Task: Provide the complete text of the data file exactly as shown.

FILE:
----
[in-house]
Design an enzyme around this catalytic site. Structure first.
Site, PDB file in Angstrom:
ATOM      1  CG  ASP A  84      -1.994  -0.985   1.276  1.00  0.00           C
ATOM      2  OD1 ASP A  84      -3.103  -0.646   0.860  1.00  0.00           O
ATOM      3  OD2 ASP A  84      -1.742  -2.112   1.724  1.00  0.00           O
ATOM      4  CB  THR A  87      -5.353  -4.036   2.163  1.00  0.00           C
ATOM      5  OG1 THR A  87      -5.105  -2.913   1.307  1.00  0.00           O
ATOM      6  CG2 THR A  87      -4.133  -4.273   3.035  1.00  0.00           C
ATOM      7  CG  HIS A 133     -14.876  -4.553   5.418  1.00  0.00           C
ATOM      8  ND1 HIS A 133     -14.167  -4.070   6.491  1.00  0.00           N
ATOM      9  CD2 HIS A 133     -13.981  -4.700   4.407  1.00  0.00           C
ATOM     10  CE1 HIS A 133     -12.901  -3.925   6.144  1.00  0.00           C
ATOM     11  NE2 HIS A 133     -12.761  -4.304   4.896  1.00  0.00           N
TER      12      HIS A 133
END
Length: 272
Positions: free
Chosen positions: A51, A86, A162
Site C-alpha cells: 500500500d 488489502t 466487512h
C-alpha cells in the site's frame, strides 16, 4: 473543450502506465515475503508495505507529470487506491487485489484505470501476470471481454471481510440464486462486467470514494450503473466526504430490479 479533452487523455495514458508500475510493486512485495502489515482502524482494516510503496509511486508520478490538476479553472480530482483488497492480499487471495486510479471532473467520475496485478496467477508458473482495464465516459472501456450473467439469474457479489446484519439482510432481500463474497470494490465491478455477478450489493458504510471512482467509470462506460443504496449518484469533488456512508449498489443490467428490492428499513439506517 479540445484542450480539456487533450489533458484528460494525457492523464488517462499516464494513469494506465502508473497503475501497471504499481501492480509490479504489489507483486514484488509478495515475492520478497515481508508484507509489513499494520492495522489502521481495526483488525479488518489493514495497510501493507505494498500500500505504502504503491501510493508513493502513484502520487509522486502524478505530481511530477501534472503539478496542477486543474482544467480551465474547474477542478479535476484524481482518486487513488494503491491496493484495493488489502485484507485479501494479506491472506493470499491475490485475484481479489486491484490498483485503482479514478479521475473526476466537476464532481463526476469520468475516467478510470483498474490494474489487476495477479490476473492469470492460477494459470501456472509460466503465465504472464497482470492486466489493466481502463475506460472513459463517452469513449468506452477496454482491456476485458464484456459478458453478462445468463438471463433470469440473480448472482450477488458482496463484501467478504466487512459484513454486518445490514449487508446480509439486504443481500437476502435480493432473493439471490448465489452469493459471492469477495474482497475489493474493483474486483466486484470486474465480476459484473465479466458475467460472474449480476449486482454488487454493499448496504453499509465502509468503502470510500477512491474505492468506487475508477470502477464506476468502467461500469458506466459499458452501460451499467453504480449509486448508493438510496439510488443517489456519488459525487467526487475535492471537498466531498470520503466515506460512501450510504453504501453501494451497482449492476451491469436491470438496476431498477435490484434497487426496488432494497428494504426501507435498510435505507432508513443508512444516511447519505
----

[in-house]
Design an enzyme around this catalytic site. Structure first.
Site, PDB file in Angstrom:
ATOM      1  CG  ASP A  84      -1.994  -0.985   1.276  1.00  0.00           C
ATOM      2  OD1 ASP A  84      -3.103  -0.646   0.860  1.00  0.00           O
ATOM      3  OD2 ASP A  84      -1.742  -2.112   1.724  1.00  0.00           O
ATOM      4  CB  THR A  87      -5.353  -4.036   2.163  1.00  0.00           C
ATOM      5  OG1 THR A  87      -5.105  -2.913   1.307  1.00  0.00           O
ATOM      6  CG2 THR A  87      -4.133  -4.273   3.035  1.00  0.00           C
ATOM      7  CG  HIS A 133     -14.876  -4.553   5.418  1.00  0.00           C
ATOM      8  ND1 HIS A 133     -14.167  -4.070   6.491  1.00  0.00           N
ATOM      9  CD2 HIS A 133     -13.981  -4.700   4.407  1.00  0.00           C
ATOM     10  CE1 HIS A 133     -12.901  -3.925   6.144  1.00  0.00           C
ATOM     11  NE2 HIS A 133     -12.761  -4.304   4.896  1.00  0.00           N
TER      12      HIS A 133
END
Length: 272
Positions: free
Chosen positions: A51, A86, A162
Site C-alpha cells: 500500500d 488489502t 466487512h
C-alpha cells in the site's frame, strides 16, 4: 473543450502506465515475503508495505507529470487506491487485489484505470501476470471481454471481510440464486462486467470514494450503473466526504430490479 479533452487523455495514458508500475510493486512485495502489515482502524482494516510503496509511486508520478490538476479553472480530482483488497492480499487471495486510479471532473467520475496485478496467477508458473482495464465516459472501456450473467439469474457479489446484519439482510432481500463474497470494490465491478455477478450489493458504510471512482467509470462506460443504496449518484469533488456512508449498489443490467428490492428499513439506517 479540445484542450480539456487533450489533458484528460494525457492523464488517462499516464494513469494506465502508473497503475501497471504499481501492480509490479504489489507483486514484488509478495515475492520478497515481508508484507509489513499494520492495522489502521481495526483488525479488518489493514495497510501493507505494498500500500505504502504503491501510493508513493502513484502520487509522486502524478505530481511530477501534472503539478496542477486543474482544467480551465474547474477542478479535476484524481482518486487513488494503491491496493484495493488489502485484507485479501494479506491472506493470499491475490485475484481479489486491484490498483485503482479514478479521475473526476466537476464532481463526476469520468475516467478510470483498474490494474489487476495477479490476473492469470492460477494459470501456472509460466503465465504472464497482470492486466489493466481502463475506460472513459463517452469513449468506452477496454482491456476485458464484456459478458453478462445468463438471463433470469440473480448472482450477488458482496463484501467478504466487512459484513454486518445490514449487508446480509439486504443481500437476502435480493432473493439471490448465489452469493459471492469477495474482497475489493474493483474486483466486484470486474465480476459484473465479466458475467460472474449480476449486482454488487454493499448496504453499509465502509468503502470510500477512491474505492468506487475508477470502477464506476468502467461500469458506466459499458452501460451499467453504480449509486448508493438510496439510488443517489456519488459525487467526487475535492471537498466531498470520503466515506460512501450510504453504501453501494451497482449492476451491469436491470438496476431498477435490484434497487426496488432494497428494504426501507435498510435505507432508513443508512444516511447519505